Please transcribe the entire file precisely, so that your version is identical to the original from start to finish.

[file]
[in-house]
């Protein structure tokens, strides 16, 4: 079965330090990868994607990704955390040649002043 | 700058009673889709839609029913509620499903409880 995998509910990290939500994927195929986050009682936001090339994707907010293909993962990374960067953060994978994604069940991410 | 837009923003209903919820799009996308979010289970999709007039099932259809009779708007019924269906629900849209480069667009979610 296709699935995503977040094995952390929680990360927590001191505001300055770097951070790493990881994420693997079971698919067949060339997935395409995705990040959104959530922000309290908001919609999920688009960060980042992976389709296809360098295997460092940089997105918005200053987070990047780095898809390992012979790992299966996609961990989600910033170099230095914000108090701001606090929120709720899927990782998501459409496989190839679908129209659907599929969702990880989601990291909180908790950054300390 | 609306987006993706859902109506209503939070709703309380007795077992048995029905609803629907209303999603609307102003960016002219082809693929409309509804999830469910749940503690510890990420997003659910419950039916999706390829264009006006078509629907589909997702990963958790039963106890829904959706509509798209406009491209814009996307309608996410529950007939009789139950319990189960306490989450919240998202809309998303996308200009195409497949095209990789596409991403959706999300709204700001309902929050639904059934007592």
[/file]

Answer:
[in-house]
């Protein structure tokens, strides 16, 4: 079965330090990868994607990704955390040649002043 | 700058009673889709839609029913509620499903409880 995998509910990290939500994927195929986050009682936001090339994707907010293909993962990374960067953060994978994604069940991410 | 837009923003209903919820799009996308979010289970999709007039099932259809009779708007019924269906629900849209480069667009979610 296709699935995503977040094995952390929680990360927590001191505001300055770097951070790493990881994420693997079971698919067949060339997935395409995705990040959104959530922000309290908001919609999920688009960060980042992976389709296809360098295997460092940089997105918005200053987070990047780095898809390992012979790992299966996609961990989600910033170099230095914000108090701001606090929120709720899927990782998501459409496989190839679908129209659907599929969702990880989601990291909180908790950054300390 | 609306987006993706859902109506209503939070709703309380007795077992048995029905609803629907209303999603609307102003960016002219082809693929409309509804999830469910749940503690510890990420997003659910419950039916999706390829264009006006078509629907589909997702990963958790039963106890829904959706509509798209406009491209814009996307309608996410529950007939009789139950319990189960306490989450919240998202809309998303996308200009195409497949095209990789596409991403959706999300709204700001309902929050639904059934007592």